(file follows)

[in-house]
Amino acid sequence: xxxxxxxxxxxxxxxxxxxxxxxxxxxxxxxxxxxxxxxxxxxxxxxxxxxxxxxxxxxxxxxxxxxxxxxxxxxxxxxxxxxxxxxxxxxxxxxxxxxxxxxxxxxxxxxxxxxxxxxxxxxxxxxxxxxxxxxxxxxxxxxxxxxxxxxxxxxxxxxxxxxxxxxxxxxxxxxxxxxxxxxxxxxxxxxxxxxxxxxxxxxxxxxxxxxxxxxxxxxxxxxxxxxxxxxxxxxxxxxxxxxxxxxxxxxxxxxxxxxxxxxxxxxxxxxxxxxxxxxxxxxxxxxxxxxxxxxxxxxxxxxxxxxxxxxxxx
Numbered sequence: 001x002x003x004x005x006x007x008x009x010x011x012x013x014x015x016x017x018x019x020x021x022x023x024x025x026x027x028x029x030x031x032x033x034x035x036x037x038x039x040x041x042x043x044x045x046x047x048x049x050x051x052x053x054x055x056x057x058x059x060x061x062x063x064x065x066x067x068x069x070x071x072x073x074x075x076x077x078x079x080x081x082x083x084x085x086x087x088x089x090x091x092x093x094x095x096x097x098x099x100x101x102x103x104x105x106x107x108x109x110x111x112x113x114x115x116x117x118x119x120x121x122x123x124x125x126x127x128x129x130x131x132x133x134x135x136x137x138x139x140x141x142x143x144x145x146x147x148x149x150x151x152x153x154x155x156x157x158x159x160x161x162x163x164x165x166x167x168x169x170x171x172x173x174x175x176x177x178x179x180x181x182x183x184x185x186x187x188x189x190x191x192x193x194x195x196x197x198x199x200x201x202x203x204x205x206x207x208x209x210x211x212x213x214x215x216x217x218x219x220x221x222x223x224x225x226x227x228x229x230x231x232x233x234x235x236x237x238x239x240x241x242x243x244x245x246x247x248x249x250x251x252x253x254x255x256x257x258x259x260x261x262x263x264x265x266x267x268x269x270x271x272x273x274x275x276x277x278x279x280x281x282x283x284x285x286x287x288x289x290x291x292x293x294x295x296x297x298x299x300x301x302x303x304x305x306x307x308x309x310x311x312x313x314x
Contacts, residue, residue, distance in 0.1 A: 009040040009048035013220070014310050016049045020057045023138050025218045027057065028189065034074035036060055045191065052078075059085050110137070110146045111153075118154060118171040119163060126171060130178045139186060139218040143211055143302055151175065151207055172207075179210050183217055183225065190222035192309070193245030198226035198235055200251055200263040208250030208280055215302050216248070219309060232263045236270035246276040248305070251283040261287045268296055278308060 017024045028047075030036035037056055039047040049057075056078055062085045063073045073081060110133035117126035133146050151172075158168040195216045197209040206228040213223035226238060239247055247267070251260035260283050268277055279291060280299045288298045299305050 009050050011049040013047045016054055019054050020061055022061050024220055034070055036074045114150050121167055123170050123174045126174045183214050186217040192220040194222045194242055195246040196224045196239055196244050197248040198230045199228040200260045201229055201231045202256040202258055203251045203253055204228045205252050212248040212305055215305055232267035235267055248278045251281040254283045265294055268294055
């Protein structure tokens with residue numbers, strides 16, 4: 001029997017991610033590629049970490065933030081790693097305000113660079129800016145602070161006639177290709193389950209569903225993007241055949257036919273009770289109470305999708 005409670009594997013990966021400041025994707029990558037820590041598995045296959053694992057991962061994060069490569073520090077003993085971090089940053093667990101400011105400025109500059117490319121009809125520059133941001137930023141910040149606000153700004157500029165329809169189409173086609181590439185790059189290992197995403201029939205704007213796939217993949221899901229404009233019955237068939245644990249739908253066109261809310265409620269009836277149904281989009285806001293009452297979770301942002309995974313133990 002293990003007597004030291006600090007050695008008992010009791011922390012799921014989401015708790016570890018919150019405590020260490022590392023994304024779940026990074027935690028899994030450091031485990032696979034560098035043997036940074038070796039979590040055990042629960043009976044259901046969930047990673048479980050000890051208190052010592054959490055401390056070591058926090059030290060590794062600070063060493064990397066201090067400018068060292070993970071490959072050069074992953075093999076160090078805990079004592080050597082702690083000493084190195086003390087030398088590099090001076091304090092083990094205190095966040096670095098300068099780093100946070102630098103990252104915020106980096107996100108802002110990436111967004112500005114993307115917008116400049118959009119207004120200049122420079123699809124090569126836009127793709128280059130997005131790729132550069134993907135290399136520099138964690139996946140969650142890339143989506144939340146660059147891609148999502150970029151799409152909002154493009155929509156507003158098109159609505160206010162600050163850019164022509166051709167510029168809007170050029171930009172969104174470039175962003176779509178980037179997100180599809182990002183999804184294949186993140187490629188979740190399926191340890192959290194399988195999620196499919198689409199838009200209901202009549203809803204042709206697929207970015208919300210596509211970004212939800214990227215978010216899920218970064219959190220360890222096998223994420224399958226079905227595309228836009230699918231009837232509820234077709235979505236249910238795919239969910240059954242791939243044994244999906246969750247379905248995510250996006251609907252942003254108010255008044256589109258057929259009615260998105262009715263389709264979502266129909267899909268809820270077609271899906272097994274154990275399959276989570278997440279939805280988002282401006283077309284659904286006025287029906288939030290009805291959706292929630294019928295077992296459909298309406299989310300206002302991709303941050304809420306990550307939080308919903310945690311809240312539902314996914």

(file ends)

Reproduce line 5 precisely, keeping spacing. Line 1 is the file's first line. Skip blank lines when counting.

């Protein structure tokens with residue numbers, strides 16, 4: 001029997017991610033590629049970490065933030081790693097305000113660079129800016145602070161006639177290709193389950209569903225993007241055949257036919273009770289109470305999708 005409670009594997013990966021400041025994707029990558037820590041598995045296959053694992057991962061994060069490569073520090077003993085971090089940053093667990101400011105400025109500059117490319121009809125520059133941001137930023141910040149606000153700004157500029165329809169189409173086609181590439185790059189290992197995403201029939205704007213796939217993949221899901229404009233019955237068939245644990249739908253066109261809310265409620269009836277149904281989009285806001293009452297979770301942002309995974313133990 002293990003007597004030291006600090007050695008008992010009791011922390012799921014989401015708790016570890018919150019405590020260490022590392023994304024779940026990074027935690028899994030450091031485990032696979034560098035043997036940074038070796039979590040055990042629960043009976044259901046969930047990673048479980050000890051208190052010592054959490055401390056070591058926090059030290060590794062600070063060493064990397066201090067400018068060292070993970071490959072050069074992953075093999076160090078805990079004592080050597082702690083000493084190195086003390087030398088590099090001076091304090092083990094205190095966040096670095098300068099780093100946070102630098103990252104915020106980096107996100108802002110990436111967004112500005114993307115917008116400049118959009119207004120200049122420079123699809124090569126836009127793709128280059130997005131790729132550069134993907135290399136520099138964690139996946140969650142890339143989506144939340146660059147891609148999502150970029151799409152909002154493009155929509156507003158098109159609505160206010162600050163850019164022509166051709167510029168809007170050029171930009172969104174470039175962003176779509178980037179997100180599809182990002183999804184294949186993140187490629188979740190399926191340890192959290194399988195999620196499919198689409199838009200209901202009549203809803204042709206697929207970015208919300210596509211970004212939800214990227215978010216899920218970064219959190220360890222096998223994420224399958226079905227595309228836009230699918231009837232509820234077709235979505236249910238795919239969910240059954242791939243044994244999906246969750247379905248995510250996006251609907252942003254108010255008044256589109258057929259009615260998105262009715263389709264979502266129909267899909268809820270077609271899906272097994274154990275399959276989570278997440279939805280988002282401006283077309284659904286006025287029906288939030290009805291959706292929630294019928295077992296459909298309406299989310300206002302991709303941050304809420306990550307939080308919903310945690311809240312539902314996914």